That's right, Marine Corps legend and one of America's greatest fighters from any branch Lt. Gen. Lewis "Chesty" Puller, a true American Iron Man, spent his childhood dreaming of being a soldier.
Yeah, this guy was almost a soldier. (Photo: U.S. Marine Corps)
Army guys, before you go too nuts with this information, keep in mind that Puller ended up joining the Marine Corps because he was inspired by the Marines' legendary performance at the Battle of Belleau Wood and because the Corps gave him a chance at leading troops in World War I before it was over.
Yeah, Chesty changed his service branch preferences for the most Puller reason ever: he thought the Marines would let him draw more blood, sooner.
There was a lot of blood to be had in Belleau Wood. (U.S. Marine Corps museum)
Puller grew up as a tough kid and the descendant of soldiers who fought in the Civil War. His grandfather and many other relatives fought for the Confederacy while a great uncle commanded a Union division.
His grandfather was a major who had died riding with Jeb Stuart at Kelly's Ford. Confederate Maj. John W. Puller had been riding with Maj. Gen. Tomas Rosser when a cannon ball took much of his abdomen out. He continued riding a short distance despite his wounds but died on the battlefield.
A Harper's Weekly illustration of the Battle of Kelly's Ford where Maj. John Puller was killed by cannon fire. (Illustration: Public Domain)
The young Lewis Puller grew up on the stories of his grandfather and other prominent Confederate soldiers in the town, and it fueled a deep interest in the military for him. At the time, the Marine Corps was a smaller branch that had fulfilled mostly minor roles on both sides of the Civil War, meaning that there were few war stories from them for Puller to hear.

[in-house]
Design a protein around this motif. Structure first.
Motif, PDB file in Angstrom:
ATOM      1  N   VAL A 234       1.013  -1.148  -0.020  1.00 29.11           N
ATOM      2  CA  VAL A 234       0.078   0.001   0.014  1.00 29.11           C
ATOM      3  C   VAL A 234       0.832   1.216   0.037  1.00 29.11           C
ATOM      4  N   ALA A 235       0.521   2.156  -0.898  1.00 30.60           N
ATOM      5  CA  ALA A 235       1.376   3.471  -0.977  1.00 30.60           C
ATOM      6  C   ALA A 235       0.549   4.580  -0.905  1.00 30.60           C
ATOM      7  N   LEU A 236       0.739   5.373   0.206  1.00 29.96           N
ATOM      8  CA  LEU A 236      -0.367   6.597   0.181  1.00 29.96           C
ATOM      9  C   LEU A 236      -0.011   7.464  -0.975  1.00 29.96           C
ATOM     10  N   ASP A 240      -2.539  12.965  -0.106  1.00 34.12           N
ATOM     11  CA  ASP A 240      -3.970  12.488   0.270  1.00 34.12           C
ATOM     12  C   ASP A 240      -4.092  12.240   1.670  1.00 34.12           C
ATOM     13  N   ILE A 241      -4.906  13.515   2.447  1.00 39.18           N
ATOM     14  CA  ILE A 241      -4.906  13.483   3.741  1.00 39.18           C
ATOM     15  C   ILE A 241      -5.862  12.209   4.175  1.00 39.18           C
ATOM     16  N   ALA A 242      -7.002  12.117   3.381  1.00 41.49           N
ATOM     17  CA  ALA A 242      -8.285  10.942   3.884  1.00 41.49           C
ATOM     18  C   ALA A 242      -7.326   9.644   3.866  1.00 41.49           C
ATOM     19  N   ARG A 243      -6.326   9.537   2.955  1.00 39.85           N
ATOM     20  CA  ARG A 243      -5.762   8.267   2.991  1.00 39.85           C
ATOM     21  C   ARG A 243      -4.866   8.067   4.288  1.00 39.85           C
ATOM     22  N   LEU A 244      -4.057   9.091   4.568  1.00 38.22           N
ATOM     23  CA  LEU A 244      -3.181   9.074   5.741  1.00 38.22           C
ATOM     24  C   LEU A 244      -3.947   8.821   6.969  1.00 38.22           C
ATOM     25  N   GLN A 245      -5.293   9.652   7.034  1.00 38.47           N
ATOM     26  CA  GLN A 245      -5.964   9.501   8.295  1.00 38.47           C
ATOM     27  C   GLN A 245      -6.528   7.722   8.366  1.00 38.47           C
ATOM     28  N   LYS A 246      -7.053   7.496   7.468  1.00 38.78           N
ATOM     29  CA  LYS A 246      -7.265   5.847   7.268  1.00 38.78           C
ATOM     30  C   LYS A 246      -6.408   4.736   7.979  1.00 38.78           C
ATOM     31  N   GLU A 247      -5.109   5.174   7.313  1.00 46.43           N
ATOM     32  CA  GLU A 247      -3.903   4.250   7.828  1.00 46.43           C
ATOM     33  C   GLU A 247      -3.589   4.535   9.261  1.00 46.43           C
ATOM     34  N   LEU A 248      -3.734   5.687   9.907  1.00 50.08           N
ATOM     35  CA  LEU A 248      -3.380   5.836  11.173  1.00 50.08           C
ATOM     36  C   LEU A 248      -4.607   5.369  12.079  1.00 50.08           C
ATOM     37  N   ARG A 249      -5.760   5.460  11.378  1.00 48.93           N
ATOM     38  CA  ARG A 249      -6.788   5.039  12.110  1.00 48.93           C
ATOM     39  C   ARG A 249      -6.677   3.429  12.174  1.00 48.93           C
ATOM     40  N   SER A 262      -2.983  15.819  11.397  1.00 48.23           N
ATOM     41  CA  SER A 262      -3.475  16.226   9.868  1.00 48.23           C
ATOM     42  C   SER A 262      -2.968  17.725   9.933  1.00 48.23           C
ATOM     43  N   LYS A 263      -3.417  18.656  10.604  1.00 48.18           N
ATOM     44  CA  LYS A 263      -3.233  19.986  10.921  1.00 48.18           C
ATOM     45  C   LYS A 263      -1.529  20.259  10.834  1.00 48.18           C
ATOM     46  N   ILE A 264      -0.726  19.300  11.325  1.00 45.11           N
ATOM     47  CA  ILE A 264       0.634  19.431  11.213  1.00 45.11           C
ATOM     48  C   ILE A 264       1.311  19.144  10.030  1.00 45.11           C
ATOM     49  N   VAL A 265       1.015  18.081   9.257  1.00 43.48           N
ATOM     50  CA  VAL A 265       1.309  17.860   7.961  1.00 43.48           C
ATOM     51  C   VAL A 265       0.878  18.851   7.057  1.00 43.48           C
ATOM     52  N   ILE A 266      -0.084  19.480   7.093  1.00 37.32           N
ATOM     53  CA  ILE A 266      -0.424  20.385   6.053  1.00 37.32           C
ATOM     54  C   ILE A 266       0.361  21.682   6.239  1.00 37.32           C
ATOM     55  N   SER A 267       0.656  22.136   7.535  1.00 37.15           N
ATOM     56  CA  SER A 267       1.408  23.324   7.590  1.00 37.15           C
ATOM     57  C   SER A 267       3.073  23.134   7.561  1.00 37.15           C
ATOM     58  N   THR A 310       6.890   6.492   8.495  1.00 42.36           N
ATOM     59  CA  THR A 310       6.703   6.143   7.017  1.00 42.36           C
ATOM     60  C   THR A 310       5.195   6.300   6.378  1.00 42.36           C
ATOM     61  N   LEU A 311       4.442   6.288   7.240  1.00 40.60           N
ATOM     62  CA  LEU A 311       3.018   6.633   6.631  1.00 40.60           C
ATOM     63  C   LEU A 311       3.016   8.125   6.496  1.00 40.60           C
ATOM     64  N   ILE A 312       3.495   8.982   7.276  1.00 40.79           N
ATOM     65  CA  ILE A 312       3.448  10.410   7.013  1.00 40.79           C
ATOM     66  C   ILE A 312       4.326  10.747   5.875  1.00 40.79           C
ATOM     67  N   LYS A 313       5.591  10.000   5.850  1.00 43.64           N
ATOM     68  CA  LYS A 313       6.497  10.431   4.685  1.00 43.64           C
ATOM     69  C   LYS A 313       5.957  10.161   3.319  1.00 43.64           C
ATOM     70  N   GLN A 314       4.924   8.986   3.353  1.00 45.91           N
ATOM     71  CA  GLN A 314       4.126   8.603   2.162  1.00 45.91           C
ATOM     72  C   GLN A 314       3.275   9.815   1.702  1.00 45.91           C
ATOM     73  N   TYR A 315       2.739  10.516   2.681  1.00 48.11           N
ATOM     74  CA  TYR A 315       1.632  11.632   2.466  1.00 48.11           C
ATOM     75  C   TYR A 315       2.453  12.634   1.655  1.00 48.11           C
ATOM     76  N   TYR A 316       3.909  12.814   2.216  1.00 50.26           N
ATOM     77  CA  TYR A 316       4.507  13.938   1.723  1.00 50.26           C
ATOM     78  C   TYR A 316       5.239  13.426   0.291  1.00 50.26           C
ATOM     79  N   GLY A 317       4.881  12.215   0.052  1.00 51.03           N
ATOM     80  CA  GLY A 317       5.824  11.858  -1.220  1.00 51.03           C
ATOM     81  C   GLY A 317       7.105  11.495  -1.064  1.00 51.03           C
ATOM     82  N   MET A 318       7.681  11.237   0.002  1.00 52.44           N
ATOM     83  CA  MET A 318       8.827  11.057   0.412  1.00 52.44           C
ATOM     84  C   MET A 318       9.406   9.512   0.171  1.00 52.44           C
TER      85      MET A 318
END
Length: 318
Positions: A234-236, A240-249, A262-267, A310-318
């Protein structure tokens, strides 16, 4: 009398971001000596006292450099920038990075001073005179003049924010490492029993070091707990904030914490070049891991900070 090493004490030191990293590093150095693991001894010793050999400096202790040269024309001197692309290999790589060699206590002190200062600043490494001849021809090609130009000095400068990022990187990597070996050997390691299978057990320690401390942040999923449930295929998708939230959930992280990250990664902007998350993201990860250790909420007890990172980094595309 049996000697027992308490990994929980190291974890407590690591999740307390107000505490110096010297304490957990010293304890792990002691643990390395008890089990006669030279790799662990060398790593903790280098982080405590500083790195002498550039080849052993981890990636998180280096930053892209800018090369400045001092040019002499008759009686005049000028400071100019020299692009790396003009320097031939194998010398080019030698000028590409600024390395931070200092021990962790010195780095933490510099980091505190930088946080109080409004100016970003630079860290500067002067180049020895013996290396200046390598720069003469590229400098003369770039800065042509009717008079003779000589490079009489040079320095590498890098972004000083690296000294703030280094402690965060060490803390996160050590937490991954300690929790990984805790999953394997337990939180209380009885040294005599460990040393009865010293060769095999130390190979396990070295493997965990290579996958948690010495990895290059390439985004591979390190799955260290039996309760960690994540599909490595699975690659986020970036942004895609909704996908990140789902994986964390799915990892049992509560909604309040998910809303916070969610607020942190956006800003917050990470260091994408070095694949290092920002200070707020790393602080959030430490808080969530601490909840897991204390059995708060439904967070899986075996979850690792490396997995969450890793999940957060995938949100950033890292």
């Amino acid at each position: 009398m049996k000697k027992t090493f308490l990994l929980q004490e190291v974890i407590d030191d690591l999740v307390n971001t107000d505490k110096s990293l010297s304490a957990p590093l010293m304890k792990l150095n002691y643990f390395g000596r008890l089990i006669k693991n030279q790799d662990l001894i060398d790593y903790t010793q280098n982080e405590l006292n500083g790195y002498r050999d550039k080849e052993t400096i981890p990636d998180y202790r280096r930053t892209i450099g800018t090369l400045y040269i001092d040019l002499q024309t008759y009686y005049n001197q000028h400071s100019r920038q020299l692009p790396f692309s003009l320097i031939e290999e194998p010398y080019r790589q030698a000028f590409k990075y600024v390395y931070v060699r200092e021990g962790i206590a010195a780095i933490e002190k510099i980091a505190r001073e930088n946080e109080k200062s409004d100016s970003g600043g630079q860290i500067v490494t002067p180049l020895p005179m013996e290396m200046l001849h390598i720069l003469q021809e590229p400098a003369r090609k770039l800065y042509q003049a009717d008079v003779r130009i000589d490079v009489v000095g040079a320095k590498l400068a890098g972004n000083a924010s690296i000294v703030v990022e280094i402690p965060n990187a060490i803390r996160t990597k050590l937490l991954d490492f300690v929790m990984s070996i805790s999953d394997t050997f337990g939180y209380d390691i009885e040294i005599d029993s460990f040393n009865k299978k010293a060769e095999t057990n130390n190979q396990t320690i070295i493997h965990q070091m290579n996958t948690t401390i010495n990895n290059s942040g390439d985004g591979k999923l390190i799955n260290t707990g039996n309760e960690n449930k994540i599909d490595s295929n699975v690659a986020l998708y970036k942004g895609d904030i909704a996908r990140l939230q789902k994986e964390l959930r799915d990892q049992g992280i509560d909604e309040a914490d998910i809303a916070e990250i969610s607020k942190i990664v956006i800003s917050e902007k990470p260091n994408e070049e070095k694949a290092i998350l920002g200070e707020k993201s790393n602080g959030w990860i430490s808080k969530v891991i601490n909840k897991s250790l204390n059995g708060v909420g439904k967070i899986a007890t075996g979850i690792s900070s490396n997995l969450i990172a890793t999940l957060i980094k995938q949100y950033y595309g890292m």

He even tried to join the Richmond Blues, a light infantry militia, during the U.S. expedition to capture Pancho Villa, but was turned away due to his age.
Those stories and Puller's love of the outdoors naturally led him to the Virginia Military Institute, a college which, at the time, sent most of its candidates to Army service (now, cadets can choose from any of the four Department of Defense branches).
At the institute, Puller was disappointed by the nature of training. He wanted more time in the woods and working with weapons, but the school's rifles had been taken by the Army for use in World War I. After only a year of training, Puller told his cousin Col. George Derbyshire, the commandant of cadets of the school, that he would not be returning to VMI the following year.
As Burke Davis relates in his book Marine! The Life of Chesty Puller, Derbyshire tried to get Puller to stay but Puller was thirsty for combat:
"I hope you're coming back next year, Lewis."
"No, sir. I'm going to enlist in the Marines."
"Well, I'm not old enough to get a commission in the Army, and I can get one in the Marines right away. I don't want the war to end without me. I'm going with the rifles. If they need them, they need me, too."
His decision came as the Battle of Belleau Wood was wrapping up, a fight which greatly enhanced the Marine Corps' reputation in the military world. Puller went to Richmond, Virginia, and enlisted in the Marine Corps on June 27, 1918, the day after his 20th birthday and the end of the Battle of Belleau Wood.
Unfortunately for him, he wouldn't make it to Europe in time for World War I. Instead, he was assigned to train other Marines and achieved his commission as a second lieutenant just before the Marine Corps drew down to a peacetime force, putting many commissioned officers on the inactive list, including Puller.
Puller being award a Navy Cross by Gen. Oliver PP. Smith in Nicaragua, ca. 1931. (Photo: Public Domain)
But Puller resigned his commission to return to active service and went to Haiti and Nicaragua where he performed well enough to regain his butterbar and claw his way up the ranks, allowing him to make his outsized impact on World War II and the Korean War.
Many of the details from this story come from Marine! The Life of Chesty Puller by Burke Davis. It's available in print or as an ebook.